The Atlantic

Programmers: Stop Calling Yourselves Engineers

It undermines a long tradition of designing and building infrastructure in the public interest.
Source: Andrew Brookes / Corbis

I’m commiserating with a friend who recently left the technology industry to return to entertainment. “I’m not a programmer,” he begins, explaining some of the frustrations of his former workplace, before correcting himself, “—oh, engineer, in tech-bro speak. Though to me, engineers are people who build bridges and follow pretty rigid processes for a reason.”

His indictment touches a nerve. In the Silicon Valley technology scene, it’s common to use the bare term “engineer” to describe technical workers. Somehow, everybody who isn’t in sales, marketing, or design became an engineer. “We’re hiring engineers,” read startup websites, which could mean anything from Javascript programmers to roboticists.

The term is probably a shortening of “software engineer,” but its use betrays a secret: “Engineer” is an aspirational title in software development. Traditional engineers are regulated, certified, and subject to apprenticeship and continuing education. Engineering claims an explicit responsibility to public safety and reliability, even if it doesn’t always deliver.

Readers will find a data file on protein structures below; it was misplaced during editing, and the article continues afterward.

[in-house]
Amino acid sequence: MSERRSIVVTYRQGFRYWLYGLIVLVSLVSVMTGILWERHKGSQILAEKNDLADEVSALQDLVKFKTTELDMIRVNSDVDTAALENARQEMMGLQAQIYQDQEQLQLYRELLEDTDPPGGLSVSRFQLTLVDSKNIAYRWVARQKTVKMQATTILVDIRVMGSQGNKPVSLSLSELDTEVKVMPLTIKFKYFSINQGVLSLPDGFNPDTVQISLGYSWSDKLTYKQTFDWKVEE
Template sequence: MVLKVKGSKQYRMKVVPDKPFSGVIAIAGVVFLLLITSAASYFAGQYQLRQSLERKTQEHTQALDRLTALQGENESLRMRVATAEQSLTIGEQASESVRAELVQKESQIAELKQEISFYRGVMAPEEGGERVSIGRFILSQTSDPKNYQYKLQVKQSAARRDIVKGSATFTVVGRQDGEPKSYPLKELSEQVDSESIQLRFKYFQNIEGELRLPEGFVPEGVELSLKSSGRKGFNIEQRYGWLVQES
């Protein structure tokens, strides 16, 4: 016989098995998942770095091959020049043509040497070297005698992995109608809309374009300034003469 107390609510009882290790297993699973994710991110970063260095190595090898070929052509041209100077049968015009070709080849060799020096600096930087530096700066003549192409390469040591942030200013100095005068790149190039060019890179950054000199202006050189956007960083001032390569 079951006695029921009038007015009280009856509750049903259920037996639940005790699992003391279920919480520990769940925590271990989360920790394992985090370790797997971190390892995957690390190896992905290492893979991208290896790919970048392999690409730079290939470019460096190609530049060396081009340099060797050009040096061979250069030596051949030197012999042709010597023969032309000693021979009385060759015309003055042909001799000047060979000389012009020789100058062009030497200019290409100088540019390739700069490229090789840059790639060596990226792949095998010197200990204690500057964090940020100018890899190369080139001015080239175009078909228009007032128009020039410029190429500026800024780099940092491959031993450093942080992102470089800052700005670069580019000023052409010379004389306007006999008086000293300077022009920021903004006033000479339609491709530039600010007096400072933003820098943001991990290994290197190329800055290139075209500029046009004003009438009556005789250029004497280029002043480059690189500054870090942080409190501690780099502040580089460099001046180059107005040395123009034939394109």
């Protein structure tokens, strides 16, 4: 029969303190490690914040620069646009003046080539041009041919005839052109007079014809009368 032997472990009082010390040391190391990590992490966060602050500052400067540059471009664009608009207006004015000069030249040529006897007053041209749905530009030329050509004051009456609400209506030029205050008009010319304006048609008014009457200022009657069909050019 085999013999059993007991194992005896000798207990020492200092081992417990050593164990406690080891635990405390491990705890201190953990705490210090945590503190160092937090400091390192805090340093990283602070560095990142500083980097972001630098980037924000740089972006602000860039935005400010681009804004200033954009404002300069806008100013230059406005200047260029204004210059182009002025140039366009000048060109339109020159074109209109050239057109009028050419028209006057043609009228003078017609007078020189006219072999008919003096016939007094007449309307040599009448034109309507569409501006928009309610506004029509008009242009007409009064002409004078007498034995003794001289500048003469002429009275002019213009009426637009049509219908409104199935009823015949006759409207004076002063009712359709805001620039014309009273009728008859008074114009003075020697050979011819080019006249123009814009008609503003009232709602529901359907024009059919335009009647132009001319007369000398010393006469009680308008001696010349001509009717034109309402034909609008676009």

The title “engineer” is cheapened by the tech industry.

Recent years have seen prominent failures in software. Massive data breaches at Target, Home Depot, BlueCross BlueShield, Anthem, Harvard University, LastPass, and Ashley Madison only scratch the surface of the cybersecurity issues posed by today’s computer systems. The Volkswagen diesel-emissions exploit was caused by a software failing, even if it seems to have been engineered, as it were, deliberately.

But these problems are just the most urgent and most memorable. Today’s computer systems pose individual and communal dangers that we’d never accept in more concrete structures like bridges, skyscrapers, power plants, and missile-defense systems. Apple’s iOS 9 update reportedly “bricked” certain phones, making quotes from an anonymous website, before twisting the dagger, “No, your startup contains incompetent engineers.”

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